CRA “Reform” Under Trump Threatens Communities of Color and the 99 Percent

The spires and statue atop an old bank building.
Photo by den dalton, via flickr, CC BY-SA 2.0

The Community Reinvestment Act (CRA), a 1977 civil rights law, operates on two straightforward principles: banks must lend and invest safely and soundly in all communities, and regulators must evaluate banks to ensure they follow the law.

Today, that seems like common sense. Yet for decades, this wasn’t the case. Banks openly engaged in redlining, literally refusing to lend in working-class communities and communities of color. After communities of color organized around economic justice and fair access to capital as a civil right, Congress determined that redlining was egregious and that it needed to act. In passing CRA, Congress went beyond banning redlining to telling banks that they needed to lend and invest in disadvantaged communities.

In its four decades, the CRA has driven major private investments into low- and moderate-income areas. Since 1996, it has generated more than $980 billion in the form of loans, investments, and philanthropy in underserved communities, according to the National Community Reinvestment Coalition. These aren’t just numbers on a balance sheet or checklists to appease regulators, as Treasury Secretary Steven Mnuchin believes. These investments have helped build affordable housing, spurred the creation of small businesses and jobs, and helped stabilize neighborhoods.

The CRA is critical to closing the racial wealth gap—created by tactics like redlining and centuries of racial discrimination. By obliging banks to serve all communities, the CRA helps people of color develop wealth through homeownership, entrepreneurship, and access to basic banking services.

Now, the Trump administration has announced a review of the 41-year-old legislation, putting this mandate that drives investment into otherwise redlined communities in jeopardy. This administration clearly dislikes regulations aimed at protecting low-income Americans and consumers in general. You can see that in its reckless “for every new regulation, trash two” approach, suspension of payday lending regulations, and its endless and piecemeal attacks on the Consumer Financial Protection Bureau (CFPB). With this track record, we have no doubt the Trump administration’s CRA “reform” will weaken the law and the private investments it encourages.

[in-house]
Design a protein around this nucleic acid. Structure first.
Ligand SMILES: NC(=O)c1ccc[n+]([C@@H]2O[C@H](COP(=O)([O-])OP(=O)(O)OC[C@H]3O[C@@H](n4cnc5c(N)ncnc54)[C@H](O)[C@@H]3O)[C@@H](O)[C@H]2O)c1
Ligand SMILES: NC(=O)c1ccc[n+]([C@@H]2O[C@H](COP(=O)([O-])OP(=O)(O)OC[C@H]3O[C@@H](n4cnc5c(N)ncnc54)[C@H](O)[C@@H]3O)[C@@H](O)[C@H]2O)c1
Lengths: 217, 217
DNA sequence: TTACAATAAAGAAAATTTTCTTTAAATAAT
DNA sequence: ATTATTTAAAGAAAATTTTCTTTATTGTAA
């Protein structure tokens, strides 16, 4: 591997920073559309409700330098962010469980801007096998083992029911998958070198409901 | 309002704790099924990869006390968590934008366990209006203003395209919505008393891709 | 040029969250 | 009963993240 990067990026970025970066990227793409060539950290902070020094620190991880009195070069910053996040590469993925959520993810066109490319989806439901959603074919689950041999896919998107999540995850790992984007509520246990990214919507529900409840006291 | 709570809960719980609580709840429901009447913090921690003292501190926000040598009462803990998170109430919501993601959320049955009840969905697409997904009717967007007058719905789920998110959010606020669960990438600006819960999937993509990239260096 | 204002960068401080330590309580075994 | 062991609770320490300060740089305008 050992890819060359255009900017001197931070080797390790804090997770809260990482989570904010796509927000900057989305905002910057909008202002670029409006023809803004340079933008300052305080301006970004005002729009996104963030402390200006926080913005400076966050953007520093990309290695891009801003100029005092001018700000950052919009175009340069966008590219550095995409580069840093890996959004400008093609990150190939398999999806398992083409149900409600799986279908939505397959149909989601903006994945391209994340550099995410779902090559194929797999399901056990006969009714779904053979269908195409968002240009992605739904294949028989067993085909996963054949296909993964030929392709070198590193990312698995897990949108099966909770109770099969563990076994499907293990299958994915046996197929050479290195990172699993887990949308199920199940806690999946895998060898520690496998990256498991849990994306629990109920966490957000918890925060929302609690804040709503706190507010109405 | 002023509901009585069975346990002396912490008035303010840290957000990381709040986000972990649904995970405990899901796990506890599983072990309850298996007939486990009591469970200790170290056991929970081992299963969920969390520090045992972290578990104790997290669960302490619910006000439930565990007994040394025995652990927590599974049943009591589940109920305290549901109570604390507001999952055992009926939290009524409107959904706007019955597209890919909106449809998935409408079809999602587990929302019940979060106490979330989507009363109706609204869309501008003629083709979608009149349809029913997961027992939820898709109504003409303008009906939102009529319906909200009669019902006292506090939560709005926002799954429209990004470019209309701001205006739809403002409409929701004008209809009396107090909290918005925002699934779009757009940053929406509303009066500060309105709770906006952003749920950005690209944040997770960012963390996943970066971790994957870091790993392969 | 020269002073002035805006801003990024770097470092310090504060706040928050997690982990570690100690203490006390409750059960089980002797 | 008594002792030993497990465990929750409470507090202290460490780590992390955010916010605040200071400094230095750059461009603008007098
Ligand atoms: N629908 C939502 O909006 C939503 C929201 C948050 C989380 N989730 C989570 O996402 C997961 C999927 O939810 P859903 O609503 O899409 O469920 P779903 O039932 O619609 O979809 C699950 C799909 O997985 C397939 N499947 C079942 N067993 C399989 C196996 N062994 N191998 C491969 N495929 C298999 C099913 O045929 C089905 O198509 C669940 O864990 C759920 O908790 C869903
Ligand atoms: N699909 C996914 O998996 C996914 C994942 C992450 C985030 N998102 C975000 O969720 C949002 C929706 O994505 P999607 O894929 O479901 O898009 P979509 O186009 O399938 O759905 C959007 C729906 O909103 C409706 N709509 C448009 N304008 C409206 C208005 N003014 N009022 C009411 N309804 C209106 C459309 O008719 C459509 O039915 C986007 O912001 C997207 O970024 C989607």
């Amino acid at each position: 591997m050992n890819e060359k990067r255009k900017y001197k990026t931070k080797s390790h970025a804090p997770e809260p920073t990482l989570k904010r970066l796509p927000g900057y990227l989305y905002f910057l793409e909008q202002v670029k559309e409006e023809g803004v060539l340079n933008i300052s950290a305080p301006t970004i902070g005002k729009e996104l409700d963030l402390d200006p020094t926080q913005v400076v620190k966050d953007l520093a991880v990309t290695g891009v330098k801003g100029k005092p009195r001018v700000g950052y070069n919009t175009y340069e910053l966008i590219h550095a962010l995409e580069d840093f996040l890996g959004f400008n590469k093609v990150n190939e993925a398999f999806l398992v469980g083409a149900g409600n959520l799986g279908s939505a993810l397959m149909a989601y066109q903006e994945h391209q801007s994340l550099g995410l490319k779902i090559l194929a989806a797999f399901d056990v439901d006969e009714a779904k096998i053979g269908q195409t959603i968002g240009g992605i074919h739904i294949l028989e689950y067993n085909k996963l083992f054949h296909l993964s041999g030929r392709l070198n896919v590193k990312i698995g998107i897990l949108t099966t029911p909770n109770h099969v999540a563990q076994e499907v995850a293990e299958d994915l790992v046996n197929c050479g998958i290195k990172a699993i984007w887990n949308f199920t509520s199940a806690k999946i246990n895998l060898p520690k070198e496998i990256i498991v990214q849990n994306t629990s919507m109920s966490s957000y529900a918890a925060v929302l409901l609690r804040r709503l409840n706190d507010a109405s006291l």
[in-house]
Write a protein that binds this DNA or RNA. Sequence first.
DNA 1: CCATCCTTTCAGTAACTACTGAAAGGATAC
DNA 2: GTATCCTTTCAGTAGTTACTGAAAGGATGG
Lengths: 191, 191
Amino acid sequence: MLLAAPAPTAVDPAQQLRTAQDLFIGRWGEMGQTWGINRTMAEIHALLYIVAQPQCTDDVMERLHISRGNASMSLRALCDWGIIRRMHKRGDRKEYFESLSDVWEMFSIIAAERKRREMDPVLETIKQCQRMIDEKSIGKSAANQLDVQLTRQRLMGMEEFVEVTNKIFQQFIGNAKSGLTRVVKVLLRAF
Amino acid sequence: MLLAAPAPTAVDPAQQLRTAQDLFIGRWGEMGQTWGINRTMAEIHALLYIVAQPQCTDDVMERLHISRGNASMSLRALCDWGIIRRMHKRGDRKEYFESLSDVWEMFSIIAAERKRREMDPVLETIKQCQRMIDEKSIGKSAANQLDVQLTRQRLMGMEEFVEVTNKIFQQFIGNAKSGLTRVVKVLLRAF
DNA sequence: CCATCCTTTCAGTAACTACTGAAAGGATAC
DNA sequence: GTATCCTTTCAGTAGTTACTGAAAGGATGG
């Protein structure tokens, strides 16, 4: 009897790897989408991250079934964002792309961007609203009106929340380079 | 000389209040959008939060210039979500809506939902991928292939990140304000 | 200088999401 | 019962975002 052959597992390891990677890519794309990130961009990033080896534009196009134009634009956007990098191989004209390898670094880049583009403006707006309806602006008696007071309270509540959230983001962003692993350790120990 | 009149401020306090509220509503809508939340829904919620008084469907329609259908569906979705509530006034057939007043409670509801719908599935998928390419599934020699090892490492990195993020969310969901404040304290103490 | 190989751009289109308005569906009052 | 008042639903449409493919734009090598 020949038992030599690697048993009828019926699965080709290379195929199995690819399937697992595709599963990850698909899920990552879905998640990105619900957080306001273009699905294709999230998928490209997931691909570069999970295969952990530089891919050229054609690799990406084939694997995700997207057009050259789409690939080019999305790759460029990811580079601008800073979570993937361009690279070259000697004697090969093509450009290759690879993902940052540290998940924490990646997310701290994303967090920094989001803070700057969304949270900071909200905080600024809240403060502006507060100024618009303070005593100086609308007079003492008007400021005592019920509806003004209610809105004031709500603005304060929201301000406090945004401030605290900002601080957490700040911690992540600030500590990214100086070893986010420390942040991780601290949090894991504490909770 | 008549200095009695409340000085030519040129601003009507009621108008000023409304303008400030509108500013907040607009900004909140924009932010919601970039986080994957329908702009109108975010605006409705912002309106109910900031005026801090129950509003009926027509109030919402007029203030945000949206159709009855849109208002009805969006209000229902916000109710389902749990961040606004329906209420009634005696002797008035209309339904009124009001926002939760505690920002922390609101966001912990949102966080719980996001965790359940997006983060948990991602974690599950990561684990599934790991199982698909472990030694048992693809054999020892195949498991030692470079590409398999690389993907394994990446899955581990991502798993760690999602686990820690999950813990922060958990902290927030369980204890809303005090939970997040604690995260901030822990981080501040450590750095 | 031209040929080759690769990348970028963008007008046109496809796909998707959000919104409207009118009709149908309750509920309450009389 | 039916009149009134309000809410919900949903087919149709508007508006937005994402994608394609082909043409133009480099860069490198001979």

If there was ever a terrible time to gut the CRA, it’s now.

Racism in lending and redlining remain alive and well (this map helps you determine if redlining is happening near you); communities of color remain underrepresented in mortgage lending; and post-financial crisis recovery left the working class and communities of color way behind, especially Black families. In California, areas like the San Joaquin Valley and the Inland Empire—among the hardest hit by foreclosures—remain parched for critical investments.

Weakening the CRA will hurt everyone, not just people of color and the working class. According to a 2017 Federal Reserve Reportthe U.S has officially reached record inequality: In 2016, the richest 1 percent of families controlled a record-high 38.6 percent of the country’s wealth while the bottom 90 percent of families held just 22.8 percent. Despite regulation, banks are doing very well, with mega profits.

Banks have a responsibility to serve creditworthy, low-income communities and people of color. Banks enjoy consumer and taxpayer-funded privileges, such as deposit insurance, and not too long ago, subsidized trillion-dollar bailouts. It’s not too much to insist that they invest a fair share of those dollars back into all of our communities.

CRA isn’t perfect, but in its 40 years it has helped open a door to financial stability and wealth creation. Weakening it would only close that door, and hurt communities already struggling financially. This administration will not place the interests of Main Street over Wall Street by preserving and strengthening the CRA. When a “reform” proposal comes out, we must review it critically and be ready to fight to protect this critical civil rights law.

Sharon Velasquez is Economic Equity manager at The Greenlining Institute.


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